Popular browsers found vulnerable to IDN-related phishing attack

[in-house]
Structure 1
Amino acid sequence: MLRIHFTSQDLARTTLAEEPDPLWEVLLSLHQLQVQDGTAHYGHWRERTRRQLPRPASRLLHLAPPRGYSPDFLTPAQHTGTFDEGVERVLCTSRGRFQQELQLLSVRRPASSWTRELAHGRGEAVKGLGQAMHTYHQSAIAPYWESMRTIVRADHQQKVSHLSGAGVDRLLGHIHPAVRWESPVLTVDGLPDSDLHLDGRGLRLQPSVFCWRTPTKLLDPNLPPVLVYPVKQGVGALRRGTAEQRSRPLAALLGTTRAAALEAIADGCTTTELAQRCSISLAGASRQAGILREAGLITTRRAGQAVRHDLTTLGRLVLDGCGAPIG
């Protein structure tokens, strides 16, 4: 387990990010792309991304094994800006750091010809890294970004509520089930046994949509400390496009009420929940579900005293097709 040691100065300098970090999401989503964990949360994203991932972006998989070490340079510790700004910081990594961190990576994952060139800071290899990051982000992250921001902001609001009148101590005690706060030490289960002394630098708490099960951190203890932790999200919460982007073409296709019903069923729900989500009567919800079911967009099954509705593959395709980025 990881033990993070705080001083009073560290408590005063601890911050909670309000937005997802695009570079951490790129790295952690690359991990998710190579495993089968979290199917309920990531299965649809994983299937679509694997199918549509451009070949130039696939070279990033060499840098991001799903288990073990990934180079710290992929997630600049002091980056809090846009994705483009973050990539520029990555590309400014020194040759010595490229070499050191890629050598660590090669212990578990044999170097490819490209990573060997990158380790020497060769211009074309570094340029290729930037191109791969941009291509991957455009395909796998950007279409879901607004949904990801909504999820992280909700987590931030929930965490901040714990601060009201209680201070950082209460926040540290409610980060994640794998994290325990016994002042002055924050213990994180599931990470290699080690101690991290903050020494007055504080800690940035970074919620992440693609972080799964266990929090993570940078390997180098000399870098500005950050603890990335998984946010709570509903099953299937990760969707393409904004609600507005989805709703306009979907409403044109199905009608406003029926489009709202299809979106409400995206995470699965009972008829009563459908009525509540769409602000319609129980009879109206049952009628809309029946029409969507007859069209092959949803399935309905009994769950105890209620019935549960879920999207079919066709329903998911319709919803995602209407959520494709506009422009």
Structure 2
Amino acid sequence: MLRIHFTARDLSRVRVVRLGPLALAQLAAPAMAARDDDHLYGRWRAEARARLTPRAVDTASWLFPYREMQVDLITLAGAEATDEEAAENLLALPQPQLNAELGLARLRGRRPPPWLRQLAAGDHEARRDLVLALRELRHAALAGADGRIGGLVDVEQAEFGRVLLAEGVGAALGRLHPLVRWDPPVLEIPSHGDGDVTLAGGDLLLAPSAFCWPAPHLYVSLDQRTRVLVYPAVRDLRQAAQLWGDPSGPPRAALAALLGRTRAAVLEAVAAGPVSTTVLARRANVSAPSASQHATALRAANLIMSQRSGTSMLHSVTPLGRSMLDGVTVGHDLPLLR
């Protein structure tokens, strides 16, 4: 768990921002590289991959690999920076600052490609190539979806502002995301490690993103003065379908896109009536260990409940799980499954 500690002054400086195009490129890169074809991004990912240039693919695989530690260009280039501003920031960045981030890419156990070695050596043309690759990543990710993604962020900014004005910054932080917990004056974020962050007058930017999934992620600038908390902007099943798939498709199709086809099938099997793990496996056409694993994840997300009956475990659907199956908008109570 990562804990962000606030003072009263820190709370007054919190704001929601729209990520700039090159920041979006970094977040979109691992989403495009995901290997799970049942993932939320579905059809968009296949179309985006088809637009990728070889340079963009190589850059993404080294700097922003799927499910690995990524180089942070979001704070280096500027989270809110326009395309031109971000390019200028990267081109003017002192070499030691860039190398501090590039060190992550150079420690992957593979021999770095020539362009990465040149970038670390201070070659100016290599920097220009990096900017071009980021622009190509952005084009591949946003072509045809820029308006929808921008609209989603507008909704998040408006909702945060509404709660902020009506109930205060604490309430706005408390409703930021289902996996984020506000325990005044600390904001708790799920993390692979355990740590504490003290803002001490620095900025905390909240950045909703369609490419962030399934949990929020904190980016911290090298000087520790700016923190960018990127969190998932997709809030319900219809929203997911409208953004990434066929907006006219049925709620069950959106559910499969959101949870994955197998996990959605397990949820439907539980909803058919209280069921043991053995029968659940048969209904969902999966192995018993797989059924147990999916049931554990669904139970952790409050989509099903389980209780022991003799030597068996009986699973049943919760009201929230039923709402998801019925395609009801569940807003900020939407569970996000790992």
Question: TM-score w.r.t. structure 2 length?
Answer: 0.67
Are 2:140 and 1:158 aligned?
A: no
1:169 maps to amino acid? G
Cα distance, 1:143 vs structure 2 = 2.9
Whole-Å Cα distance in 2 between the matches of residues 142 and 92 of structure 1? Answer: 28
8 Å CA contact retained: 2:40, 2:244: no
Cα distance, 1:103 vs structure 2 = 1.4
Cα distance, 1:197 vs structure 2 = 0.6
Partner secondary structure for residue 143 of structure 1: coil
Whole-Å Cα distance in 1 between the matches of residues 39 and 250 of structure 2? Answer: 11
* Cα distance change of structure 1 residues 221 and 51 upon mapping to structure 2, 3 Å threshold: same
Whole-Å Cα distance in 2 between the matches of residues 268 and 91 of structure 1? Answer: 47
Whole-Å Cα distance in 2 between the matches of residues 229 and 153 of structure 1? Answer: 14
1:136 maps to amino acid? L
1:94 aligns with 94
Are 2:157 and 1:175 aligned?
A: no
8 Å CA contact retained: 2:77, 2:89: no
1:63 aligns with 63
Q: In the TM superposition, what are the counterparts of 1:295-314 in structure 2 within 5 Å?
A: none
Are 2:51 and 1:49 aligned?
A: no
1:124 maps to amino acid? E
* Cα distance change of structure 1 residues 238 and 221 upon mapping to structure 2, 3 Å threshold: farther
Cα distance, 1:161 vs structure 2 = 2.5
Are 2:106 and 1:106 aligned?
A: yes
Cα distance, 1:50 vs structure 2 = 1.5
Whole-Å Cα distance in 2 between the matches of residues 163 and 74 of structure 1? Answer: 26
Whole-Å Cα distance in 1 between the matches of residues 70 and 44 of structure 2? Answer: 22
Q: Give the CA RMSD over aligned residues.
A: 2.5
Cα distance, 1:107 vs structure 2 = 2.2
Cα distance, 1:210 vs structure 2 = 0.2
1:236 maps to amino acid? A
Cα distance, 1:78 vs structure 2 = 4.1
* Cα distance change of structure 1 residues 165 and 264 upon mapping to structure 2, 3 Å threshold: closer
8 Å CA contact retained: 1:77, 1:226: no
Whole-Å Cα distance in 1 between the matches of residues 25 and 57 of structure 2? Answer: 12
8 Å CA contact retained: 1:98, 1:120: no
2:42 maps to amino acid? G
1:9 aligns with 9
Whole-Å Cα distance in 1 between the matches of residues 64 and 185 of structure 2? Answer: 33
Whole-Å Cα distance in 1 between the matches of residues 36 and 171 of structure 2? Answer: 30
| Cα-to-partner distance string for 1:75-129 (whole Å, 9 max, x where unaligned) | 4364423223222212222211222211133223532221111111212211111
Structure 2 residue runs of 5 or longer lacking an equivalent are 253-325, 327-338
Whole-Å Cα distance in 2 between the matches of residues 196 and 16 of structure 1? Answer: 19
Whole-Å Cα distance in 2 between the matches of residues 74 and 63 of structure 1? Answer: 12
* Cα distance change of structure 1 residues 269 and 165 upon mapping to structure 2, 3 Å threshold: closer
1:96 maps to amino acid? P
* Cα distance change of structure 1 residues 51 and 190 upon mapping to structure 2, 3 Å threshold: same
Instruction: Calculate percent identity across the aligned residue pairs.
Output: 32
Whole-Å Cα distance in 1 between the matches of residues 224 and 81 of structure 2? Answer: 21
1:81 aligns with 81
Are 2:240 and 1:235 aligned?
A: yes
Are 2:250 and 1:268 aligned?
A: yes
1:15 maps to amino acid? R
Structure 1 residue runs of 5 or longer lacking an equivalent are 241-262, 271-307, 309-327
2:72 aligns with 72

Chrome, Firefox and Opera, some among the most popular Internet browsers, appear to be vulnerable to a specific sort of phishing attack, cybersecurity-related websites reported. The vulnerability allows perpetrators to conduct a so-called homograph type of phishing attack, in which a domain name that looks exactly like a legitimate one (such as apple.com, google.com or a domain of a bank for instance) is displayed in users’ browsers, yet it is actually a different domain and leads to a fraudulent website. This fraud is possible in browsers which mishandle specific way of encoding (known as “punycode”) used to display domains which contain non-Latin script letters (such as Cyrillic, Arabic or Chinese) in order to enable internationalized domain names (IDN) to be used. IDN domains used to trick the users in such way are also legitimate domain names (but used for fraudulent purposes), and can therefore obtain a legitimate SSL certificate, which adds a “https://” security layer which can additionally confuse users to believe the address displayed is the requested one. Technology websites are raising awareness about this issue and suggesting the ways to mitigate the problem in Firefox, while Chrome has released the updated version of its browser. Security professionals, however, fear that the vulnerability may be heavily exploited for cyber-attacks before users around the world upgrade their software.